Single Letter

HAM/1/2/9

Letter from John Dickenson to Mary Hamilton

Diplomatic Text


      Loughboro' Sunday Evg 19 -- March 1786

Now my dearest Wife I begin another journal -- but
this will be dull & uninteresting -- as I shall have little
else than mere Matter of fact to write about, and but
a small variation of that -- You my Love have a
warm interest in every thing that concerns your
Husband, and therefore trifles will not be unaccep-
table
to you -- Your excellent heart will inform
you much better than I can, how much concern I
feel at any Separation from the woman I so
sincerely love & esteem -- but I hope yr D- will
------------------------------------------------------------

------------------------------------------------------------




he is going to London to see Mrs. Racket his Wife who has got
a Feveret[1] -- poor dear Mrs. Delany how I pity her --
She will be sadly tormented by that Madcap -- Dr-
Heberden[2] has been call'd in, so I suppose the Complaint
was rather more than a Vagaryie -- I sent a Meʃsage
to Mrs. Delany I jogged on thro dirty roads and over hard
pavements to this place, where I hope to sleep, but
I am forty nine Miles from my dear Mary -- Oh how
I miʃs your charming Saucineʃses -- dont you
sometimes wish for me at yr- Elbow -- I shd. be very
happy to be there -- Adieu ma tres tres chere femme
------------ aime [3]avec tout mon cœur -- bon soir mon Amour

(hover over blue text or annotations for clarification;
red text is normalised and/or unformatted in other panel)


Notes


 1. 'A slight fever' (OED s.v. feveret n.).
 2. William Heberden (1710-1801), one of the most distinguished physicians of the period (ODNB).
 3. Probably Je vous aime ....

Normalised Text


      Loughborough Sunday Evening 19 -- March 1786

Now my dearest Wife I begin another journal -- but
this will be dull & uninteresting -- as I shall have little
else than mere Matter of fact to write about, and but
a small variation of that -- You my Love have a
warm interest in every thing that concerns your
Husband, and therefore trifles will not be unacceptable
to you -- Your excellent heart will inform
you much better than I can, how much concern I
feel at any Separation from the woman I so
sincerely love & esteem -- but I hope your Dickenson will
------------------------------------------------------------



he is going to London to see Mrs. Racket his Wife who has got
a Feveret -- poor dear Mrs. Delany how I pity her --
She will be sadly tormented by that Madcap -- Dr-
Heberden has been call'd in, so I suppose the Complaint
was rather more than a Vagarie -- I sent a Message
to Mrs. Delany I jogged on through dirty roads and over hard
pavements to this place, where I hope to sleep, but
I am forty nine Miles from my dear Mary -- Oh how
I miss your charming Saucinesses -- dont you
sometimes wish for me at your Elbow -- I should be very
happy to be there -- Adieu ma tres tres chere femme
------------ aime avec tout mon cœur -- bon soir mon Amour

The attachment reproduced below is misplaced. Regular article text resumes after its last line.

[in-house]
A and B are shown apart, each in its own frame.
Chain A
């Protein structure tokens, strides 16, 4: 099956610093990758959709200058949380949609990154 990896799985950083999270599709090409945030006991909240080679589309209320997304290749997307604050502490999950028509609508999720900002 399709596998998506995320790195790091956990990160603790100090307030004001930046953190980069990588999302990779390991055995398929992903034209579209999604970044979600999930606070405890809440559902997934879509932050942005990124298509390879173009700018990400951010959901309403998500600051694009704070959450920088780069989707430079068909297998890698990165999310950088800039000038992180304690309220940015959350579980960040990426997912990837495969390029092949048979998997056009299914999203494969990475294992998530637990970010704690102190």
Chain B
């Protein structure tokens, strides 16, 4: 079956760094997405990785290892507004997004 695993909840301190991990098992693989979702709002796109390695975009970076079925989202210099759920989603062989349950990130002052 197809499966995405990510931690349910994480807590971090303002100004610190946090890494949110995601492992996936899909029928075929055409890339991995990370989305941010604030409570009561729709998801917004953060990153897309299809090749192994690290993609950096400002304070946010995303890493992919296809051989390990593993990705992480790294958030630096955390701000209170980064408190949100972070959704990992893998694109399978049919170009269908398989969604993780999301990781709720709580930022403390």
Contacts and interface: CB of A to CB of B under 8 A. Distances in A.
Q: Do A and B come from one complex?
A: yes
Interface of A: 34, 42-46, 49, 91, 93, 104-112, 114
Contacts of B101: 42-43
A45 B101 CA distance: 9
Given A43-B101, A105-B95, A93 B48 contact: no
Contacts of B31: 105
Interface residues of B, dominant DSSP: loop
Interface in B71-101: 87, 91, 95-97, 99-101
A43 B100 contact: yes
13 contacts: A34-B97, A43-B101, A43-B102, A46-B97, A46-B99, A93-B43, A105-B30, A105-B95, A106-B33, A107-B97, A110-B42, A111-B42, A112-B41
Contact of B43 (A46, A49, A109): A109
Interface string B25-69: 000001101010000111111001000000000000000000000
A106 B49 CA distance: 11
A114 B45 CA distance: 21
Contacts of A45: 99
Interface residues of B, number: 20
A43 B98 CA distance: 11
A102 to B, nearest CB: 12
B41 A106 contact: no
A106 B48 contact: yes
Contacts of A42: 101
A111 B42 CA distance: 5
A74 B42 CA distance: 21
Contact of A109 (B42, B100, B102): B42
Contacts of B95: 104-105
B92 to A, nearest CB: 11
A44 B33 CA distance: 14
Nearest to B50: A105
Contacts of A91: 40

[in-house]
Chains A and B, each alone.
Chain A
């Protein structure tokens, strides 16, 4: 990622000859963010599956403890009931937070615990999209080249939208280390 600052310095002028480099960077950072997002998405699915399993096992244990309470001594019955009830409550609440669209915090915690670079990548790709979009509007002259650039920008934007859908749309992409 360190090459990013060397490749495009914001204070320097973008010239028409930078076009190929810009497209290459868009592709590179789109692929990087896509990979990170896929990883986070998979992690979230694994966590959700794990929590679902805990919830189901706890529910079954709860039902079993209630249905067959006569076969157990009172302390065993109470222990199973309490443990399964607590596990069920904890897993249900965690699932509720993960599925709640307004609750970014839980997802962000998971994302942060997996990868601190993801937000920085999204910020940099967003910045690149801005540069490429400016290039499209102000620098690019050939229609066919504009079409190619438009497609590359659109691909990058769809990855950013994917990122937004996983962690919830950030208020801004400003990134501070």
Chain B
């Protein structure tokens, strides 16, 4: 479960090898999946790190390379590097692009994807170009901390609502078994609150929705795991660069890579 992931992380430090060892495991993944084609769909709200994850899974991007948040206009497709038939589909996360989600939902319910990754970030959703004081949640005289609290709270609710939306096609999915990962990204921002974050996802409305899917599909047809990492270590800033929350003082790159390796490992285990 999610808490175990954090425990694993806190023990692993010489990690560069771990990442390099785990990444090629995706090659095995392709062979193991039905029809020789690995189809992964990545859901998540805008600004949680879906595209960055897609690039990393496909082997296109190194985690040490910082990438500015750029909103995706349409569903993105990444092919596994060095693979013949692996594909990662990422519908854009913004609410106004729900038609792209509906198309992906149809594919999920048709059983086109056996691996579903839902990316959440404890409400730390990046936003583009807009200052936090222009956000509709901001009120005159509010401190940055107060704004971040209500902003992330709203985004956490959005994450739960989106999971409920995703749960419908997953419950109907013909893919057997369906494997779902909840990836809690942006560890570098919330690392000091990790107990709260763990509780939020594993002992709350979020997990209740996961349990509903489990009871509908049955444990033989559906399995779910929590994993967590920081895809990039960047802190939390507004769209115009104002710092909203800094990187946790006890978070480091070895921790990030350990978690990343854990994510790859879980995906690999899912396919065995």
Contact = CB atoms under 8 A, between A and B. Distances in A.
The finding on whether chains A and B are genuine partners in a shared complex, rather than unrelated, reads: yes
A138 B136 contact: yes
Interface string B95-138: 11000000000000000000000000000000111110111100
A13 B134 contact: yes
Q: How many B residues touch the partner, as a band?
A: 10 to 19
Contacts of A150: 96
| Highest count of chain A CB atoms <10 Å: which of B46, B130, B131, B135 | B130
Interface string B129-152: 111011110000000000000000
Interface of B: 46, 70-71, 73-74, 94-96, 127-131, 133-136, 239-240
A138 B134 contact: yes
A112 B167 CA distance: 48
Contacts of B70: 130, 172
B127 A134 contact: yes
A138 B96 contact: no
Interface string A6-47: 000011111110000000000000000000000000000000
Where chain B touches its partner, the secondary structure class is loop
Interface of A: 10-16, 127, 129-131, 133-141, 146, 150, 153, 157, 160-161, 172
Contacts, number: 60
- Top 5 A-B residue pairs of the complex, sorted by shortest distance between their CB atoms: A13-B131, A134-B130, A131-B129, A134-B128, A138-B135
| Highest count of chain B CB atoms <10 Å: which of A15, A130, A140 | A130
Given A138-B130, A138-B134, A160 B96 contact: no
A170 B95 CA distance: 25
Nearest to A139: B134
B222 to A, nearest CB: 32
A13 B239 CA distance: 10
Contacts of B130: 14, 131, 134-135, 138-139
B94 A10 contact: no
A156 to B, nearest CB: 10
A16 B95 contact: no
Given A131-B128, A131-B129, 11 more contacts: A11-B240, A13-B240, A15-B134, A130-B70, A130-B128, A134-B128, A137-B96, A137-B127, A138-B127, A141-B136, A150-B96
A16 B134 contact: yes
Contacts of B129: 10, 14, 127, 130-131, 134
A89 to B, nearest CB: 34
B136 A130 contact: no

(consult diplomatic text or XML for annotations, deletions, clarifications,
quotations,
spellings, uncorrected forms, split words, abbreviations, formatting)



 1. 'A slight fever' (OED s.v. feveret n.).
 2. William Heberden (1710-1801), one of the most distinguished physicians of the period (ODNB).
 3. Probably Je vous aime ....

Metadata

Library References

Repository: The John Rylands Library, University of Manchester

Archive: Mary Hamilton Papers

Item title: Letter from John Dickenson to Mary Hamilton

Shelfmark: HAM/1/2/9

Correspondence Details

Author: John Dickenson

Place sent: Loughborough

Addressee: Mary Hamilton

Place received: unknown

Date sent: 19 March 1786

Letter Description

Summary: Note from John Dickenson to his wife Mary née Hamilton. He notes that he is to begin another journal and although it will be 'dull and uninteresting' he knows that Hamilton has an interest in all that concerns him.
   

Length: 1 sheet, 222 words

Transliteration Information

Editorial declaration: First edited in the project 'Image to Text' (David Denison & Nuria Yáñez-Bouza, 2013-2019), now incorporated in the project 'Unlocking the Mary Hamilton Papers' (Hannah Barker, Sophie Coulombeau, David Denison, Tino Oudesluijs, Cassandra Ulph, Christine Wallis & Nuria Yáñez-Bouza, 2019-2022).

All quotation marks are retained in the text and are represented by appropriate Unicode characters. Words split across two lines may have a hyphen on the first, the second or both fragments (reco-|ver, imperfect|-ly, satisfacti-|-on); or a double hyphen (pur=|port, dan|=ger, qua=|=litys); or none (respect|ing). Any point in abbreviations with superscripted letter(s) is placed last, regardless of relative left-right orientation in the original. Thus, Mrs. or Mrs may occur, but M.rs or Mr.s do not.

Acknowledgements: XML version: Research Assistant funding in 2016/17 provided by The John Rylands Research Institute.

Research assistant: Sarah Connor, undergraduate student, University of Manchester

Transliterator: Charlotte Campbell, undergraduate student, University of Manchester (submitted May 2017)

Cataloguer: Lisa Crawley, Archivist, The John Rylands Library

Cataloguer: John Hodgson, Head of Special Collections, The John Rylands Library

Copyright: Transcriptions, notes and TEI/XML © the editors

Revision date: 2 April 2020

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